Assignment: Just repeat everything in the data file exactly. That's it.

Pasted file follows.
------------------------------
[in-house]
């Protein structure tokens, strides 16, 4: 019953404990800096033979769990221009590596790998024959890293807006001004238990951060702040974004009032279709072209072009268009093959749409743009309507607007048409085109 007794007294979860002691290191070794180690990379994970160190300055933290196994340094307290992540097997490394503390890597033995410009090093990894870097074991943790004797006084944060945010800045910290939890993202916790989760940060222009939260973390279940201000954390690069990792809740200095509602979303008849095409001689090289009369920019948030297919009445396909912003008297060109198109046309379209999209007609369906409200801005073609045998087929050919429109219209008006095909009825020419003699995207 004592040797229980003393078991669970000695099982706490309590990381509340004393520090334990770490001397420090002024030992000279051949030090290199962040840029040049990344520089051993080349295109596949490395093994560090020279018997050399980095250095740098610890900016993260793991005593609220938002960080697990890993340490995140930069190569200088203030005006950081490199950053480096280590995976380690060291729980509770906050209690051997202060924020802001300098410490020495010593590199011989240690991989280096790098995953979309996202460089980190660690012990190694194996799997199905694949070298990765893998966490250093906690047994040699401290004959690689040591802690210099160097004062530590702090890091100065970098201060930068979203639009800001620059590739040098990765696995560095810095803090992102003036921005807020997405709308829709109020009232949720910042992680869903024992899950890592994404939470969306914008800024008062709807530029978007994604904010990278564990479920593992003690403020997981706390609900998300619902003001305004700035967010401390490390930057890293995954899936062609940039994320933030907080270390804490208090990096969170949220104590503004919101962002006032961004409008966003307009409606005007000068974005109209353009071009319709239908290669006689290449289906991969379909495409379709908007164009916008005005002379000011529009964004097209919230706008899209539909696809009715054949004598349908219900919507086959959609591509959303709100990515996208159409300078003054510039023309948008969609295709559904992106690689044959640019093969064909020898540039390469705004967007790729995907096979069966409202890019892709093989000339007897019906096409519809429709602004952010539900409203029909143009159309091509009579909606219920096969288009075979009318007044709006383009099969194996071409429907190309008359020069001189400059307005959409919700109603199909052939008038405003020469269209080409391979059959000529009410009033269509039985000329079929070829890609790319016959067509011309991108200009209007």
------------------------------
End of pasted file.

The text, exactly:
[in-house]
């Protein structure tokens, strides 16, 4: 019953404990800096033979769990221009590596790998024959890293807006001004238990951060702040974004009032279709072209072009268009093959749409743009309507607007048409085109 007794007294979860002691290191070794180690990379994970160190300055933290196994340094307290992540097997490394503390890597033995410009090093990894870097074991943790004797006084944060945010800045910290939890993202916790989760940060222009939260973390279940201000954390690069990792809740200095509602979303008849095409001689090289009369920019948030297919009445396909912003008297060109198109046309379209999209007609369906409200801005073609045998087929050919429109219209008006095909009825020419003699995207 004592040797229980003393078991669970000695099982706490309590990381509340004393520090334990770490001397420090002024030992000279051949030090290199962040840029040049990344520089051993080349295109596949490395093994560090020279018997050399980095250095740098610890900016993260793991005593609220938002960080697990890993340490995140930069190569200088203030005006950081490199950053480096280590995976380690060291729980509770906050209690051997202060924020802001300098410490020495010593590199011989240690991989280096790098995953979309996202460089980190660690012990190694194996799997199905694949070298990765893998966490250093906690047994040699401290004959690689040591802690210099160097004062530590702090890091100065970098201060930068979203639009800001620059590739040098990765696995560095810095803090992102003036921005807020997405709308829709109020009232949720910042992680869903024992899950890592994404939470969306914008800024008062709807530029978007994604904010990278564990479920593992003690403020997981706390609900998300619902003001305004700035967010401390490390930057890293995954899936062609940039994320933030907080270390804490208090990096969170949220104590503004919101962002006032961004409008966003307009409606005007000068974005109209353009071009319709239908290669006689290449289906991969379909495409379709908007164009916008005005002379000011529009964004097209919230706008899209539909696809009715054949004598349908219900919507086959959609591509959303709100990515996208159409300078003054510039023309948008969609295709559904992106690689044959640019093969064909020898540039390469705004967007790729995907096979069966409202890019892709093989000339007897019906096409519809429709602004952010539900409203029909143009159309091509009579909606219920096969288009075979009318007044709006383009099969194996071409429907190309008359020069001189400059307005959409919700109603199909052939008038405003020469269209080409391979059959000529009410009033269509039985000329079929070829890609790319016959067509011309991108200009209007």